Carmel Valley students’ wizardry creates magical ‘Harry Potter’ camp
Having read “Harry Potter” 17 times, there’s no question the seven-book series has left a lasting impact on Carmel Valley’s Carolyn Chu. Hoping to share the adventures of the young wizard with other youth, the Torrey Pines High School senior recently held a weeklong camp for those interested in the wizarding world.
“We lived vicariously through these kids,” Carolyn said with a laugh. “We had a lot of fun.”
Carolyn first read the J.K. Rowling books when she was 9 years old. Now 17, she remembers wishing for an acceptance latter from Hogwarts School of Witchcraft and Wizardry — the fictional magic school, where Harry Potter and his friends Ronald Weasley and Hermione Granger were students.
“I loved the magic of the books,” she said. “I loved the characters and their adventures.”
Inspired by her love of the series, Carolyn shared her idea for a weeklong camp centered on the books with her friend and fellow Torrey Pines senior Michelle Zhao. Also a fan of the fantasy novels, Michelle was quick to sign on for the creative camp.
“Carolyn brought up the idea last spring, and I thought it was brilliant,” said 16-year-old Michelle, who also lives in Carmel Valley. “I’ve always had a profound appreciation for books in my life, and I have no doubt that the ‘Harry Potter’ series was integral in cultivating that. I thought the camp would be a great way to allow elementary school students to share their love for books and reading.”
With the help of four additional friends, the pair planned the camp. After months of planning and multiple trips to craft stores, the weeklong camp kicked off Aug. 10 at North University Community Library in San Diego.
“It was the perfect place because it has a playground, a field and a patio,” said Carolyn, who promoted the camp by posting fliers around the community and emailing school- and community-based programs. “Everybody at the library was super nice.”
From 1-5 p.m. every day from Aug. 10 through Aug. 14, campers gathered at the library for activities inspired by the series.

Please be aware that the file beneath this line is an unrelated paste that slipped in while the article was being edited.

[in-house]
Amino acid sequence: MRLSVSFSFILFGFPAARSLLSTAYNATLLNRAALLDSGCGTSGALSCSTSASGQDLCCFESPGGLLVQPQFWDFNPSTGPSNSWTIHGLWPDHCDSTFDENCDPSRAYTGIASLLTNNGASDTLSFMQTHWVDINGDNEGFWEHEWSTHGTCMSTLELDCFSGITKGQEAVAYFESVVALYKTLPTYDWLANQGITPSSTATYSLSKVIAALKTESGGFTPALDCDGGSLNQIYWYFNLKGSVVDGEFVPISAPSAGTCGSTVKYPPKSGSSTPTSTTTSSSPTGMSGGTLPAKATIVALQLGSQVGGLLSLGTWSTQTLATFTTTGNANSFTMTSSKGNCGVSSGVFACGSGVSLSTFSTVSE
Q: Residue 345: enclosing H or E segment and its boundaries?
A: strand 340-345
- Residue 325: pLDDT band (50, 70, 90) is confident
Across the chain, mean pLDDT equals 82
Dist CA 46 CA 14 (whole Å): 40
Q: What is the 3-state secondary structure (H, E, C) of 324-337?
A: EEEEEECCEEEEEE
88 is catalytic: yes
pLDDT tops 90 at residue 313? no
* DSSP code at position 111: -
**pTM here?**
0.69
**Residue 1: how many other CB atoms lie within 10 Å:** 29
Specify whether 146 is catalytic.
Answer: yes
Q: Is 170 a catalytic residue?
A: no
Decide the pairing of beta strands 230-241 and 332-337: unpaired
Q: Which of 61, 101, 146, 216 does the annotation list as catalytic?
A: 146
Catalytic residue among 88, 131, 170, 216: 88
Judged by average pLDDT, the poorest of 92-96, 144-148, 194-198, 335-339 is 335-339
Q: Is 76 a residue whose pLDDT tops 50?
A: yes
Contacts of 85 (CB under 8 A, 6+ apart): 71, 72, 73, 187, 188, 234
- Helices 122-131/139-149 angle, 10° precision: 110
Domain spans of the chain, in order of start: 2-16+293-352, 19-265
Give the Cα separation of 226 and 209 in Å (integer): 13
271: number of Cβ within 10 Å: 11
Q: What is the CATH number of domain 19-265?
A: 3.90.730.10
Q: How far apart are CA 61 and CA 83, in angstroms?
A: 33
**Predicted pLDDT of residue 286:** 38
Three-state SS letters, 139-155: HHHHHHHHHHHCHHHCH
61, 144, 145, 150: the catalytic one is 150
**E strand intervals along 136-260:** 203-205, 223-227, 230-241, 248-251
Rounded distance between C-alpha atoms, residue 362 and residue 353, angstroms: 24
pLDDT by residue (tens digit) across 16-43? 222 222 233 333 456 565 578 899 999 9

Based on the results of an online questionnaire, the children were sorted into the four houses of Hogwarts on the first day of camp. Every camper received a badge and a wand made of painted chopsticks. They then created house banners and participated in an obstacle course.
Over the next few days the kids participated in other activities, from a scavenger hunt to trivia. They also played a game of Quidditch and made Butterbeer — a combination of vanilla ice cream, vanilla cream soda and butterscotch syrup.
Although this was Carolyn’s first time creating a camp, it wasn’t her first time working with children. As a member of her school’s Art In Motion Club, she leads arts and crafts projects for kids at the Carmel Valley Library. She is also an experienced babysitter.
“Kids surprise you a lot,” said Carolyn, who is also a member of Torrey Pines’ Model United Nations team, a member of the badminton team and editor of the school’s science magazine. “They can be really creative.”
A total of 22 fourth- and fifth-grade students participated in Harry Potter Camp. Because it was the camp’s first year, Carolyn opted not to charge a fee, so all children participated for free.
“It was the best turnout I could have asked for,” said Carolyn, who hopes to pass on the camp to other high school students as she plans to go to college next fall. “The kids were really creative and enthusiastic.”
“Seeing the happiness of the kids and their parents was really wonderful,” Michelle added. “One of the students in my house told me on our last day that he had ‘the best week,’ and those words really validated all the effort that went into this camp. I hope that our students walked away with a love of ‘Harry Potter’ and the values it teaches.”
For more about the camp, visit www.hpsummercamp.com.
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